Previous Winner: Jason Nix, Pitcher, San Diego Padres
The Artis Gilmore Award for Achievements in Hair Boldness
If it weren’t for Gardner Minshew’s football gear, it would be nearly impossible to tell if he is an NFL quarterback or the bass player for Foghat in 1978.
But for sheer guts, it’s hard to top “LeBalding” James and the worst hair-plugs in history. Tehy are barely a notch above coloring his head with a Sharpie.
Previous Winner: Mike Fiers, Pitcher, Oakland A’s
The Kyle Orton Award for Achievements in Partying
No matter the level of football we’re discussing, quarterbacks are the “rock stars.” When you’re a quarterback in Las Vegas, that’s just begging for something a bit “over the top.”
Frankly, I have no idea why this kid is apologizing. He’s just doing what you would expect a Las Vegas quarterback to do…which you would do too if given the chance.
What Danuel House did might be my favorite example of the sham that was “virus protocols,” and nobody’s were “shammier” than those of the National Basketball Association (NBA). From the moment the league created “The Bubble” at Walt Disney World, we were awash is stories about “protocol violations” ranging from guys making up “family emergencies” only to be spotted at a strip club hours later on down to players bringing in pizza delivery guys.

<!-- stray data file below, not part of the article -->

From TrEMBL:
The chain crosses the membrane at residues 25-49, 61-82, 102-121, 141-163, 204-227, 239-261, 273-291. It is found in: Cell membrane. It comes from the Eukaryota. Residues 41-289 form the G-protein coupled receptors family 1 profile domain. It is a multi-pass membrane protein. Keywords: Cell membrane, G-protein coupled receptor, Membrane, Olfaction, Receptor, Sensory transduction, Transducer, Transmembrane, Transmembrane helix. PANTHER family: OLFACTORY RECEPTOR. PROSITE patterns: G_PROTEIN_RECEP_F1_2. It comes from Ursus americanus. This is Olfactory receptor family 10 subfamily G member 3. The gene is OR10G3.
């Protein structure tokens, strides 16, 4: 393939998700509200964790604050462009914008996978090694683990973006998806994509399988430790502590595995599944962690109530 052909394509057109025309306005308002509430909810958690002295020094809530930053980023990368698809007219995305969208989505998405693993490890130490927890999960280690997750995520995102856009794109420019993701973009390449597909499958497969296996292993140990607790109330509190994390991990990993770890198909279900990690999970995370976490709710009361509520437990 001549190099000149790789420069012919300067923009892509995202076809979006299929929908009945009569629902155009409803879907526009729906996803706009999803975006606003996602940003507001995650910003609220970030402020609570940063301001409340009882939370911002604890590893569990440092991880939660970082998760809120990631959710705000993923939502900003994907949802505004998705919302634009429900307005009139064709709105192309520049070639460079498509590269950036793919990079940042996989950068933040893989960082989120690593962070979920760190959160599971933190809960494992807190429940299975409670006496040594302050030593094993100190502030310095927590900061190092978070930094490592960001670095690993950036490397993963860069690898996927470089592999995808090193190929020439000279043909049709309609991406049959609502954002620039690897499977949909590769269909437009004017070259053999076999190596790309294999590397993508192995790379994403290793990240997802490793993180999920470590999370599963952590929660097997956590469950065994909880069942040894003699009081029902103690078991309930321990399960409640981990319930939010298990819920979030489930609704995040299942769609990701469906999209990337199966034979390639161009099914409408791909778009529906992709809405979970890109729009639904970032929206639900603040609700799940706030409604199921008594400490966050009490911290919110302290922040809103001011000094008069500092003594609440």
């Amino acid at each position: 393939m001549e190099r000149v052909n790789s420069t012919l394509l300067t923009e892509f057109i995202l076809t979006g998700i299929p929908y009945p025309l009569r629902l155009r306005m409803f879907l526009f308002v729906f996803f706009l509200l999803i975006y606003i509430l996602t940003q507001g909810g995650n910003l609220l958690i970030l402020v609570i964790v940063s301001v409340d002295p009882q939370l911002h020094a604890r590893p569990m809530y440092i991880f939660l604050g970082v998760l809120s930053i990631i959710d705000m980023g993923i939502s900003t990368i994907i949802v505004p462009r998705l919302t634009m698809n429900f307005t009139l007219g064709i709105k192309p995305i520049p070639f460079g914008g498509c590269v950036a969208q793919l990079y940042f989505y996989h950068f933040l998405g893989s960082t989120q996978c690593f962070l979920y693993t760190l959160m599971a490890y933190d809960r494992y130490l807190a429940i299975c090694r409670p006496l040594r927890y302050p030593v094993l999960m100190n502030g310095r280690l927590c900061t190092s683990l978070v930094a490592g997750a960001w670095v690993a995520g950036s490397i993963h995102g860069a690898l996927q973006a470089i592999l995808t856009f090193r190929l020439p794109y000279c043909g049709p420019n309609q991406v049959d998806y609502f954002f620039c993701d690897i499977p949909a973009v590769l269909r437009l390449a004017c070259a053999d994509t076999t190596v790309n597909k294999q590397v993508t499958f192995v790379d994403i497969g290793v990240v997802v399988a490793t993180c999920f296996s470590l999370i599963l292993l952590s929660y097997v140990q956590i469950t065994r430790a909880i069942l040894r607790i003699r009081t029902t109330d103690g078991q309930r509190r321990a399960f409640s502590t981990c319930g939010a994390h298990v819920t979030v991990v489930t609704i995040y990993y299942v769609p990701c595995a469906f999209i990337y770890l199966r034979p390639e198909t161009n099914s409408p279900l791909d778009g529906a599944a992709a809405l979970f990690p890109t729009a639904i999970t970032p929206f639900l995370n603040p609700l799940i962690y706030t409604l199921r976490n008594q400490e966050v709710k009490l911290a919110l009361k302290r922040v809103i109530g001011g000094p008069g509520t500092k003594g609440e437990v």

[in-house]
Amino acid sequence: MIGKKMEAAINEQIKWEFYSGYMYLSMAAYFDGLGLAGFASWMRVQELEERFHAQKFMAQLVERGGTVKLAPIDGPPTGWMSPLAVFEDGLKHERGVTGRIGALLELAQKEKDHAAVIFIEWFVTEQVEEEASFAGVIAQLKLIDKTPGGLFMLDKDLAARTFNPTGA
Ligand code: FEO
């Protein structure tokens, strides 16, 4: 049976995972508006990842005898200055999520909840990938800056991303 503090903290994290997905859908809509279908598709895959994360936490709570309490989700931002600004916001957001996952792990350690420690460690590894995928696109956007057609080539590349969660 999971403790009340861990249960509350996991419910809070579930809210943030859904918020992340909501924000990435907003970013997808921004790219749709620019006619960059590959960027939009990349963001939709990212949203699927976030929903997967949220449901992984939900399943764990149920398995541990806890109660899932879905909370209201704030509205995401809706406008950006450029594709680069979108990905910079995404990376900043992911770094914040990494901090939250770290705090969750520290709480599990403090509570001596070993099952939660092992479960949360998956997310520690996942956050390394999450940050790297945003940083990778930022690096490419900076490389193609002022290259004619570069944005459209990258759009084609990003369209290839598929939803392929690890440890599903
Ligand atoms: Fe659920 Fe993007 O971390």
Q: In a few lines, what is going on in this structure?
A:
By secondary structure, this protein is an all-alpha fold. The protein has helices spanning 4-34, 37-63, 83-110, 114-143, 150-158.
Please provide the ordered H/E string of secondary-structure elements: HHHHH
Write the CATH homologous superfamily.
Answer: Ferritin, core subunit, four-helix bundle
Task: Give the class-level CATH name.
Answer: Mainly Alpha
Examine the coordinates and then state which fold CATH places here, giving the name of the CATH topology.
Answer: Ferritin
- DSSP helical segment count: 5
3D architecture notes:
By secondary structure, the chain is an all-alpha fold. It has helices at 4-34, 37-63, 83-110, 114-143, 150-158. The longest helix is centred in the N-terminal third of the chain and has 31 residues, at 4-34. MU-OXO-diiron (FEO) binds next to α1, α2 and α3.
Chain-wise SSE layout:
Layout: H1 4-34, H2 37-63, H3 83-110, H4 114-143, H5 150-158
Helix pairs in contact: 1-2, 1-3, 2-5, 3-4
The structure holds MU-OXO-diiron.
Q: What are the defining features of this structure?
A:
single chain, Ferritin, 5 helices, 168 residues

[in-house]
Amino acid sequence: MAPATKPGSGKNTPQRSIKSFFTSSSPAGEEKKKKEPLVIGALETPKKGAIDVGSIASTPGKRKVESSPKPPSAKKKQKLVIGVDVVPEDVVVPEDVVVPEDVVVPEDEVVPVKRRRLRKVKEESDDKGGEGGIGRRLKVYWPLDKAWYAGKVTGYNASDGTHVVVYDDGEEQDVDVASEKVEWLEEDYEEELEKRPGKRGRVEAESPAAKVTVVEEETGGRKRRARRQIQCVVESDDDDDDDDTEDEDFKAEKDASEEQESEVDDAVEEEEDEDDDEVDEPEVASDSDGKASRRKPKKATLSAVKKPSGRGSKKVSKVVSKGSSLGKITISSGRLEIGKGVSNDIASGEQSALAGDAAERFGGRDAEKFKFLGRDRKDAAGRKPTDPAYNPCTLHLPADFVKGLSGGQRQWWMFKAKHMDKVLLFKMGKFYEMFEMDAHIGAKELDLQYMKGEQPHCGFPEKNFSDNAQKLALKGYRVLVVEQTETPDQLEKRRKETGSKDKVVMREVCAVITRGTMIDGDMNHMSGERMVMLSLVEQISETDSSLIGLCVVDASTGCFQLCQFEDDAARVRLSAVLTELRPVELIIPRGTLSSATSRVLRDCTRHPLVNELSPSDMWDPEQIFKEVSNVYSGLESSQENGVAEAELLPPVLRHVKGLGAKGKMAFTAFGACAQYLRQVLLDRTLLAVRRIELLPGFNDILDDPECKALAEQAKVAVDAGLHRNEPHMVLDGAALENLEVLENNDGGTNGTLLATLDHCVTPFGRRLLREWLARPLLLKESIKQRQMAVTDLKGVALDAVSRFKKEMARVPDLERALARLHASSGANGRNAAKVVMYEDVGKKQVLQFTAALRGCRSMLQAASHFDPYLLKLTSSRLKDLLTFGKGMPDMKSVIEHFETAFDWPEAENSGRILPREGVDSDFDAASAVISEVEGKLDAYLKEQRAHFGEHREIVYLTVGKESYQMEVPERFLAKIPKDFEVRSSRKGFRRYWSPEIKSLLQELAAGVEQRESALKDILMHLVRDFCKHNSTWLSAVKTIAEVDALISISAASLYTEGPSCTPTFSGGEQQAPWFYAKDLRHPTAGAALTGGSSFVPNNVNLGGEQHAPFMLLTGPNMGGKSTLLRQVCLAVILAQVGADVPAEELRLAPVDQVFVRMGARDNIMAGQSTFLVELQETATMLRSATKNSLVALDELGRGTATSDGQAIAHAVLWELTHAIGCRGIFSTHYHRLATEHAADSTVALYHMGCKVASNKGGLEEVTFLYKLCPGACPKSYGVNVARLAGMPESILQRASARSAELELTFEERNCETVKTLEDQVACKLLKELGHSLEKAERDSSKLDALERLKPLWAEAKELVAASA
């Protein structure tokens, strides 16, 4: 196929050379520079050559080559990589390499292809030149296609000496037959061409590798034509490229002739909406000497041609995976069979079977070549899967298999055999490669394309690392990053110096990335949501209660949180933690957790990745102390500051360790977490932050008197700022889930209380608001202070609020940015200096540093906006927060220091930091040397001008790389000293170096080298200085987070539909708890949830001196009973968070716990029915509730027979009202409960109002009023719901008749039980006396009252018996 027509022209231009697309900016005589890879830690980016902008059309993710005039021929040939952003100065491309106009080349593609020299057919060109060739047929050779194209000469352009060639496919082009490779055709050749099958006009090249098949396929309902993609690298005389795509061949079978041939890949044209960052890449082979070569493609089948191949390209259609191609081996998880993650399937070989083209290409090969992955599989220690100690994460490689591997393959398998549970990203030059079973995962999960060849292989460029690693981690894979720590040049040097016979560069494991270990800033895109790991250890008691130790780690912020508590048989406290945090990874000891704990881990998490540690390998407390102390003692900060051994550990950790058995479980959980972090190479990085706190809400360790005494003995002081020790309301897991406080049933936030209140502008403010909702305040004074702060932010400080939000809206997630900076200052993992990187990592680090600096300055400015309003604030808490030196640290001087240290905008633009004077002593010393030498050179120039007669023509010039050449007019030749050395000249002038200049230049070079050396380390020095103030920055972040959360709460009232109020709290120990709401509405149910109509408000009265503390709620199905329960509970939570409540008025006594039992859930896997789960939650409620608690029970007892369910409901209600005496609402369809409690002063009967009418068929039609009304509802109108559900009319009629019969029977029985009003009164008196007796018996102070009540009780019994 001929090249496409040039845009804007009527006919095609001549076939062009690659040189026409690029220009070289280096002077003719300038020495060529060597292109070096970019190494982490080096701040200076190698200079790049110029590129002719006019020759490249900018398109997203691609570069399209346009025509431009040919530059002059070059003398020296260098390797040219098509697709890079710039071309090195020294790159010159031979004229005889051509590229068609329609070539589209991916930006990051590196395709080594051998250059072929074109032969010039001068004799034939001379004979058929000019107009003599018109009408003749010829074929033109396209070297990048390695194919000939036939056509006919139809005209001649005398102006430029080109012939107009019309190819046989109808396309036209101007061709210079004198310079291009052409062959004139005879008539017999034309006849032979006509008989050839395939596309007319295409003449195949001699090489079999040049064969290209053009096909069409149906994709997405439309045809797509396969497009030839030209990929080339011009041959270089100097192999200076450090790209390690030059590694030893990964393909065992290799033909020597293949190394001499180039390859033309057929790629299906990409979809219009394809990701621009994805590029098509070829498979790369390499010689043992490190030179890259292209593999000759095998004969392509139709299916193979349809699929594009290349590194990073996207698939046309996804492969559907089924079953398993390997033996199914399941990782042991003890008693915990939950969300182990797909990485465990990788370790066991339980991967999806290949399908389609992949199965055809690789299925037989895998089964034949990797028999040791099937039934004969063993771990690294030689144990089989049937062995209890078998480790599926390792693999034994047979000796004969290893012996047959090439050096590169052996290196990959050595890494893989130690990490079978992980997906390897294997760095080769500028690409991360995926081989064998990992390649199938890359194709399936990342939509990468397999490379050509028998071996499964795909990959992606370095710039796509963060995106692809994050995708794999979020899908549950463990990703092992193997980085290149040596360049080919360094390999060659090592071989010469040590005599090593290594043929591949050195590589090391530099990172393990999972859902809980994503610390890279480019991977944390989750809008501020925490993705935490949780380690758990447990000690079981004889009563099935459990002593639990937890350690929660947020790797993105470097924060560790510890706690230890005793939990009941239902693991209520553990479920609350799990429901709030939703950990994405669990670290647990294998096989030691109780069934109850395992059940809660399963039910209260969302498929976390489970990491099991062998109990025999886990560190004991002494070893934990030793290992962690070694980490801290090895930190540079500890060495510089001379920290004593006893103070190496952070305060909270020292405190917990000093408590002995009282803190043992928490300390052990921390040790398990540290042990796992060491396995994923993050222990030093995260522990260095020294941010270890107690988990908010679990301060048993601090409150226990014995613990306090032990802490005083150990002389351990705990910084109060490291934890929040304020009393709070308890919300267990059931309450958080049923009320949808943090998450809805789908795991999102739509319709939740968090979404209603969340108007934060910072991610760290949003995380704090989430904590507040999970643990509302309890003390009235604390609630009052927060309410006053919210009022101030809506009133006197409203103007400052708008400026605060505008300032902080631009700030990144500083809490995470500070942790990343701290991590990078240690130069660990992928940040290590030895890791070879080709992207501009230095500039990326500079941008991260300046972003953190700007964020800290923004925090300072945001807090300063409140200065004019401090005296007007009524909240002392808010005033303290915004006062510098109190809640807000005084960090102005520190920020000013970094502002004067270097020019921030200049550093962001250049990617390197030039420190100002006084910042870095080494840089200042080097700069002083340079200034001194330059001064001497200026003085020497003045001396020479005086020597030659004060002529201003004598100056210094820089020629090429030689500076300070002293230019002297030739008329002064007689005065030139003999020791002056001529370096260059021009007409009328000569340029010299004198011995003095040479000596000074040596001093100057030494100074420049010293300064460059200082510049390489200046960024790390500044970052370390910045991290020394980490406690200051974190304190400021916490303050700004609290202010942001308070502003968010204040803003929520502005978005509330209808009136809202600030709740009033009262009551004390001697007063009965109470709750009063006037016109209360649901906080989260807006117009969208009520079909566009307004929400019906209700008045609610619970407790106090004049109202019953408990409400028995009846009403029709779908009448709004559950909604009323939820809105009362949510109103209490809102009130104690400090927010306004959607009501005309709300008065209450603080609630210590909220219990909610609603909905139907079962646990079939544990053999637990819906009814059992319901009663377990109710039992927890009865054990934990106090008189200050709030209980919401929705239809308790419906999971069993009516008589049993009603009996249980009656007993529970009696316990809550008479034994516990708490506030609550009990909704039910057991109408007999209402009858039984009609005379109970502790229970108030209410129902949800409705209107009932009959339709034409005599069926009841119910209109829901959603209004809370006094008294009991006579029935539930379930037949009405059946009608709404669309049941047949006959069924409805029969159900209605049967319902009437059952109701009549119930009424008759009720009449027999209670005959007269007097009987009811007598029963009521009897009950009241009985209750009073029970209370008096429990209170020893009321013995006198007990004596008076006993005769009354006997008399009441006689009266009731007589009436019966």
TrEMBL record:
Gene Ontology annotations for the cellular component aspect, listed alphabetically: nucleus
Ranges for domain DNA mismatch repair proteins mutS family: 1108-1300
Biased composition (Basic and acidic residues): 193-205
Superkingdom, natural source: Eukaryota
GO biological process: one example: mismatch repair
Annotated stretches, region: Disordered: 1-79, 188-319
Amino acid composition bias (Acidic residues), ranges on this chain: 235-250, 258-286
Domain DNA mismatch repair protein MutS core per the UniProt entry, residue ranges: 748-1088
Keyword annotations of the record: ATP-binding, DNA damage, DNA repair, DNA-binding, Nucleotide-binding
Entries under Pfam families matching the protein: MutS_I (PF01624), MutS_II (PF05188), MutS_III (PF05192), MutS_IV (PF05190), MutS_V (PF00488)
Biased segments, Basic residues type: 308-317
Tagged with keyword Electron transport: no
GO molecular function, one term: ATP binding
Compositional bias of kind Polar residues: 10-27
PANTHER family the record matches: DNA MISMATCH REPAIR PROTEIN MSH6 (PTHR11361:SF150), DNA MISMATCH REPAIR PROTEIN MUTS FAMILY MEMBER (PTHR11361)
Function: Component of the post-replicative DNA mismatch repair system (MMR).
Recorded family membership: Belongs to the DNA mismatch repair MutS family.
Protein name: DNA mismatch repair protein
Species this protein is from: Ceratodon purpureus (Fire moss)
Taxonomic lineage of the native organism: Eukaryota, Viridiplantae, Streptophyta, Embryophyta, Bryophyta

At least House was getting some.
House was banished from the bubble the NBA determined that he had “close” contact with an “unauthorized person” in the team’s hotel. The story that nobody has yet to admit was the “unauthorized person” was a female COVID-19 testing official.
Think about that for a minute. Performing any medical procedure…let alone a COVID test…requires “close” contact. What could be contact “closer” than inserting a foot-long Q-tip into somebody’s nose? Perhaps something involving a different kind of insertion (wink, nudge)…
Previous Co-Winners: Aaron Rodgers, Quarterback, and David Bakhtiari, Offensive Tackle, Green Bay Packers
The Vasily Alexseyev Award for Plus-Sized Achievement
Here another case where you simply let the video do the talking. Just watch the “big man” knock down a “big boy” three.
Price Robinson’s story is one of self-improvement turned into an exercise in self-discovery. The world needs more stories like this: you need to take time to read his.
Previous Winner: C.C. Sabathia, former Pitcher, New York Yankees
The Jamie Moyer Award for Excellence in Geriatrics